I’m blogging a bit out of order. I still need to do a writeup for the Desert Dash Beginner’s Luck 55k.
When I first looked at and registered for the Miwok 100k lottery, I thought it was an easy (relatively) race. I thought this because I looked at the Western States qualifying time of 15 hours 30 minutes (it’s usually 17 hours for a 100k), and I also looked at previous years’ finishing times and saw a lot of fast times. Based on that limited information that I gathered too hastily, I thought this would be a relatively easy 100k. Boy was I wrong! I think I was blinded by all the beautiful race photos that I didn’t look deeper into the details of the race.
As the race approached, I looked further into the details of the race. I saw that it had 11,800 feet of elevation gain. Wait a minute… I thought this was an easy 100k. What about the Western States qualifying time of 15 hours and 30 minutes? Oh. That’s the cut off for the entire race. Also, the other cut offs for the race are tight! What about all those fast times? Oh. Those are the only people that actually finished the race. Upon further investigation, I saw a long list of DNFs each year. Uh oh.
Fortunately, I had pro ultrarunner/coach Ian Torrence create a custom training plan for me. I felt this would help shake up my training a bit because I had been feeling a bit stale. I really enjoyed the training plan.
I had some unavoidable struggles of my own during this training cycle. My job as a tax CPA meant I was putting in huge work hours during the weeks leading up to the race. I was also dealing with a nasty quad strain for most of my training cycle, which limited my hard workouts. Fortunately, local PT, Ron Gallagher with Maximum Velocity, was able to meet with me at times that fit my insane work schedule. I also got pretty sick at one point, which wasn’t fun for work (no days off during tax season) and training.
Fortunately, Ian’s plan helped get my training on track and Ron was able to get my quad issue fixed before the race. I felt pretty good heading into this race. I wasn’t entirely sure what my goal time should be. My time at the Cuyamaca 100k was 11:59 and the Miwok 100k appeared to be easier so I thought perhaps I could do similar or better than 12 hours. Still, I knew the Cuyamaca 100k was a great race effort for me so I wasn’t sure if it could be duplicated.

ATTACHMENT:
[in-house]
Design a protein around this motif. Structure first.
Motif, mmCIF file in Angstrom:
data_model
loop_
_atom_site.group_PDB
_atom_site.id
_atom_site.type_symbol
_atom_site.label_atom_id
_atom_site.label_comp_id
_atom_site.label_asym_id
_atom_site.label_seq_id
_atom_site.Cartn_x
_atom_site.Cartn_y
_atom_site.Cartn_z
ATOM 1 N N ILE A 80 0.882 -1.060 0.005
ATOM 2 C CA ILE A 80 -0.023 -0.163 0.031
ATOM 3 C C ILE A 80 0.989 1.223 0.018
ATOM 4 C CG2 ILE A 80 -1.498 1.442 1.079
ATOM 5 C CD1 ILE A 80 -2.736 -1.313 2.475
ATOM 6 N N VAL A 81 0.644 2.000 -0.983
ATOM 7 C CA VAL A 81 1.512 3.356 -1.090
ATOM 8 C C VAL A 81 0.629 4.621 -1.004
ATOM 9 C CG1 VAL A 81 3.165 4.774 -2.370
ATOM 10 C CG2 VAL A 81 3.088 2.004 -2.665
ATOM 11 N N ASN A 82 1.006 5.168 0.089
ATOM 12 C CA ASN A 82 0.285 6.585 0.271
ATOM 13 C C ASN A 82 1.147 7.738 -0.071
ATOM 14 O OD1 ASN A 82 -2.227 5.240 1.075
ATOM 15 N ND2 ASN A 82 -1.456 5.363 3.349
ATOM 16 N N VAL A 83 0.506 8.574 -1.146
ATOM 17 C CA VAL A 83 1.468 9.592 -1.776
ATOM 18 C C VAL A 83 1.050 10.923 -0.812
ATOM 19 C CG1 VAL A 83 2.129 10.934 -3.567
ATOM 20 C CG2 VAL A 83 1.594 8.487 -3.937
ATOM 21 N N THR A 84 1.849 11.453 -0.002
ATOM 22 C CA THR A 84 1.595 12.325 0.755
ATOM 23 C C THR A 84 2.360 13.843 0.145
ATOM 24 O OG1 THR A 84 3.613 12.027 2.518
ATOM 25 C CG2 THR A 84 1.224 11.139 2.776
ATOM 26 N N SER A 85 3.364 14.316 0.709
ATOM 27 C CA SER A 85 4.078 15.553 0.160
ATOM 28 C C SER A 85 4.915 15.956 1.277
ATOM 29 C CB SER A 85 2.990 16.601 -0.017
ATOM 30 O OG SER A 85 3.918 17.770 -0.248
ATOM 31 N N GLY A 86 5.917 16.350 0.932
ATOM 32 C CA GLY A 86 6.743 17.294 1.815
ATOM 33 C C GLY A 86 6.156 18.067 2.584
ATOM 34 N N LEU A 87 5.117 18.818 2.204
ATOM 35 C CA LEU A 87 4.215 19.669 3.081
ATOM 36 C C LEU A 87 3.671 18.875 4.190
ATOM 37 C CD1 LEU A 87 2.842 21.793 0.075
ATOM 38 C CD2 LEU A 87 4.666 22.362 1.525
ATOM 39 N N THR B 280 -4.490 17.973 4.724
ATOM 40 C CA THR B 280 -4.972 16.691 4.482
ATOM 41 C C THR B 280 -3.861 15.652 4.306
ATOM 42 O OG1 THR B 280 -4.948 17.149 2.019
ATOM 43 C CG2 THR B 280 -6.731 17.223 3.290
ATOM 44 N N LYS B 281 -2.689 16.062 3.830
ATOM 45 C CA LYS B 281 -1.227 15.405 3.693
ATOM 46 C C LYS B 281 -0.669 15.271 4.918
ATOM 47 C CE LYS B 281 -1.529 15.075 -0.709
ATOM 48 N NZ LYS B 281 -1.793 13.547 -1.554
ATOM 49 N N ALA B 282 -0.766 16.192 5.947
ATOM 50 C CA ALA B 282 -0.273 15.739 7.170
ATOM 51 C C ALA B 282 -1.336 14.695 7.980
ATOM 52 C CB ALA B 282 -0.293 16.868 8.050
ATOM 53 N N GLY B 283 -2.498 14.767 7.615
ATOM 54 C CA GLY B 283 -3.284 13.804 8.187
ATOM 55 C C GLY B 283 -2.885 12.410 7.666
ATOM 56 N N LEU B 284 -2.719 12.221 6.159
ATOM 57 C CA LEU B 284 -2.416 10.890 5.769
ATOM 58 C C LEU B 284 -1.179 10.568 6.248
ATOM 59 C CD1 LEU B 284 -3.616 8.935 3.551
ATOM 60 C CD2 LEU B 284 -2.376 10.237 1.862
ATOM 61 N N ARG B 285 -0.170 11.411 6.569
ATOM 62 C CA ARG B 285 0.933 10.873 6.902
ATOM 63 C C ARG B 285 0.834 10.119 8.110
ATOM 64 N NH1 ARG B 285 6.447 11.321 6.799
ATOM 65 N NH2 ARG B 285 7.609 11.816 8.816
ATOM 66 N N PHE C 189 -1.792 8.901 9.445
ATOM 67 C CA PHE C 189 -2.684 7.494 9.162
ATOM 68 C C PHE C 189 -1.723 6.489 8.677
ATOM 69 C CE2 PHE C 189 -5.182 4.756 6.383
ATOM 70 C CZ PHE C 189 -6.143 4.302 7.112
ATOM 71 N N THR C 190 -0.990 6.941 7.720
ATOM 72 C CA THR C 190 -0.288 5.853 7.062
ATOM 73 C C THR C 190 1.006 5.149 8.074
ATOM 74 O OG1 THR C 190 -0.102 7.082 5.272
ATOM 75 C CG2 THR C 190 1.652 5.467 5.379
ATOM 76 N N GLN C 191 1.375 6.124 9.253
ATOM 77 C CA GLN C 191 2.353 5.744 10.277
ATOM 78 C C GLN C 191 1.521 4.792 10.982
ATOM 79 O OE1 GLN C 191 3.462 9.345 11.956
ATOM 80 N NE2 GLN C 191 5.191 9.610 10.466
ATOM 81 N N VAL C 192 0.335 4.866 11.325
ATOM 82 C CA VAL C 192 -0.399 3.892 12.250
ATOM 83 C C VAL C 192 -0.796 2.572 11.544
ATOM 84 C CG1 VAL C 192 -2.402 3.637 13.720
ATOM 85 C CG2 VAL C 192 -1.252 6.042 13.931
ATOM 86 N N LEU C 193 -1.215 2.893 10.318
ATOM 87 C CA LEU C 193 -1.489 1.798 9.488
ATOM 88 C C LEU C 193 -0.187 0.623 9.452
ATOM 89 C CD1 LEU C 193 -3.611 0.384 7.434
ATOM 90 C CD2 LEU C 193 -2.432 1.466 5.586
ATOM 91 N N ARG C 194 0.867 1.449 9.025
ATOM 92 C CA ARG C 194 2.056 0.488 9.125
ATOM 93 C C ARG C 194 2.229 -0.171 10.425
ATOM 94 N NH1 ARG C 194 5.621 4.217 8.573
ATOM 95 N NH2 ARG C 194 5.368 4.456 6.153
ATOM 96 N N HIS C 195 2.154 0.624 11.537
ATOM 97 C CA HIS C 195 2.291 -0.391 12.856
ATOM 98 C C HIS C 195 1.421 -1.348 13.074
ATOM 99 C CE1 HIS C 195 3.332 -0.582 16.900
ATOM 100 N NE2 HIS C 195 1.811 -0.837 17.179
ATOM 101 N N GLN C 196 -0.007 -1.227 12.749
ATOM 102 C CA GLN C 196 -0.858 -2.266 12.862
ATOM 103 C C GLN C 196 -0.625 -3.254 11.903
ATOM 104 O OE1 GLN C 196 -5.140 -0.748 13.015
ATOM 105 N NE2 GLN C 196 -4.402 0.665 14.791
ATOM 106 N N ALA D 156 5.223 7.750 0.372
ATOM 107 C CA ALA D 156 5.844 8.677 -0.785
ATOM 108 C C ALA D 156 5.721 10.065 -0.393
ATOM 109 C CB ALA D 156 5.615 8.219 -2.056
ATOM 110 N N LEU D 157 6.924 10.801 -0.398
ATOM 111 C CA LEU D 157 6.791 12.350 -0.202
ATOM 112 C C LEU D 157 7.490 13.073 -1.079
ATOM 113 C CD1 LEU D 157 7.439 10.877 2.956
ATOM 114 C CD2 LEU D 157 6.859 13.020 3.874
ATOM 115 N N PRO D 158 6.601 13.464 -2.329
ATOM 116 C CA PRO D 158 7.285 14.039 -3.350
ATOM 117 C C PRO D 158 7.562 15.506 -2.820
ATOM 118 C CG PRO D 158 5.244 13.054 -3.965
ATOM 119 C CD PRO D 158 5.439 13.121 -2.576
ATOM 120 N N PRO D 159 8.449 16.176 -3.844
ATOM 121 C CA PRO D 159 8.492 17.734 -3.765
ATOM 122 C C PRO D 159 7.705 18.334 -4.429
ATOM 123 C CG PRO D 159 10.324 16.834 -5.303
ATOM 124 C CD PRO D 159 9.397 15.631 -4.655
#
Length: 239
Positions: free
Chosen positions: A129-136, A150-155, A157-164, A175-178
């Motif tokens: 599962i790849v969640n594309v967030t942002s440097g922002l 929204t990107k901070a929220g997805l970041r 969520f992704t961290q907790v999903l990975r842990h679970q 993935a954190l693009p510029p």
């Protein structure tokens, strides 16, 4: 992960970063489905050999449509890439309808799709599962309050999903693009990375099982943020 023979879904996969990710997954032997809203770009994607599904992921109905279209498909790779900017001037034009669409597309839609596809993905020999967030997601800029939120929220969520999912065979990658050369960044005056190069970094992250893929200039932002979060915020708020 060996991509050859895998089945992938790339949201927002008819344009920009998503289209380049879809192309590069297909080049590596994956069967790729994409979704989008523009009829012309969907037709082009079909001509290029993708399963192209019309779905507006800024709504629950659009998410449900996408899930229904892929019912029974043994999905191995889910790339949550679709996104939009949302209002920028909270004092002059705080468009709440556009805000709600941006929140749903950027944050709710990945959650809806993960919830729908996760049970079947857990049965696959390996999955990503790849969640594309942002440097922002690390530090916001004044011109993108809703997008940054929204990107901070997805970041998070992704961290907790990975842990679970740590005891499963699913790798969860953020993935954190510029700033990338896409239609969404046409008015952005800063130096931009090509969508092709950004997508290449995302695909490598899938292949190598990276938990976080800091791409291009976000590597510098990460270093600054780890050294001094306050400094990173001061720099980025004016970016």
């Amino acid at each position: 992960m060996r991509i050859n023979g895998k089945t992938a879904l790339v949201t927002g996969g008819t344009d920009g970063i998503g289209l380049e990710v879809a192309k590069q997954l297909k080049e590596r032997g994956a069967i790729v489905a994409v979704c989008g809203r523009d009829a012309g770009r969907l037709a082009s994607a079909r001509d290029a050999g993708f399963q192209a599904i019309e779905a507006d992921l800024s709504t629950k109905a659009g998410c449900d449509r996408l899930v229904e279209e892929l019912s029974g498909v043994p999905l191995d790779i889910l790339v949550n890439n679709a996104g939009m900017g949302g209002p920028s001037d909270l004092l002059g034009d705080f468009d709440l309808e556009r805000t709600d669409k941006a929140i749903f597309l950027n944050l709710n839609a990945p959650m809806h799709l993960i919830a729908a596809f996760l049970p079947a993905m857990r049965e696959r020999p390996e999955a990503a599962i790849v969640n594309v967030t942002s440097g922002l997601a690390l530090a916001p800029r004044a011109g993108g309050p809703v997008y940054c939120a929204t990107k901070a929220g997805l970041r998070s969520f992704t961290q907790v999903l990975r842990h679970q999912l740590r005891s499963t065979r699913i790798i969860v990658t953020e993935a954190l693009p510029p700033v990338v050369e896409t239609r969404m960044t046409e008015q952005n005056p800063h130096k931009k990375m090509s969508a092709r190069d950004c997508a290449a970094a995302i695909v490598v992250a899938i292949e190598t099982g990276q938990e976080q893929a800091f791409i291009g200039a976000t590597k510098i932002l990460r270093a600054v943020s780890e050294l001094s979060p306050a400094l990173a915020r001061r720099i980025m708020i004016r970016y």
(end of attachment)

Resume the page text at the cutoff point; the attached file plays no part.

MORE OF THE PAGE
The Miwok 100k really is an iconic ultramarathon. The course is incredibly beautiful. It starts at Stinson Beach, on the north side of the Golden Gate bridge from San Francisco.
I flew in early with my family and got a chance to play tourist in San Francisco before the race. I found a carpool that would pick me up from my hotel en route to the start of the race. One of the other members of the carpool also picked up my bib.
I was picked up at 3am so we could pick up the other members of the carpool and get to the starting area at Stinson Beach by 4am in order to be ready for the race start by 5am. For the other three members of my carpool, it was their first 100k.
The check in and pre-race set up was very efficient. It was still dark at the start. I was milling around and someone asked me where I was from. I replied that I was from Las Vegas and someone else nearby said, “Massey?” It was Matt Clark (or ‘ultratrailmatt’) whom I knew from Instagram and must have figured I was the only one there from Vegas, haha. It was nice to meet him and we had a good chat.
I wished Matt well and moved up towards the front of the starting line in hopes to avoid too much of a bottleneck on the Dipsea trail. No such luck! After the start, everyone except maybe the very front of the pack were clogged up climbing the Dipsea. That was a tough climb to start a race! Those steps seemed to keep going as I climbed in the dark trying to avoid poison oak (it was everywhere!). As I was approaching the top of the Cardiac knoll and the light was just beginning to appear, I heard a sound… https://youtu.be/B6FtMOo9QcI
A bagpiper! It was so cool.
As the race went on, I felt really good. There were some tough climbs and I was doing my best to keep my effort relatively easy.
The course is very hilly. So many rollers with some very steep climbs. Many of the climbs are towards the beginning of the race. I was just hoping that after all the climbs, I would still have something left at mile 50.
As you can see, the views were unreal and it just kept getting better.
I loved descending down to Muir Beach (even though I knew I would have to come back up that climb). The aid stations were fantastic. They were so efficient. They weren’t gimmicky. The volunteers were very knowledgable, super friendly, and so helpful. They were so focused on making sure you did your best. It was really appropriate for this race.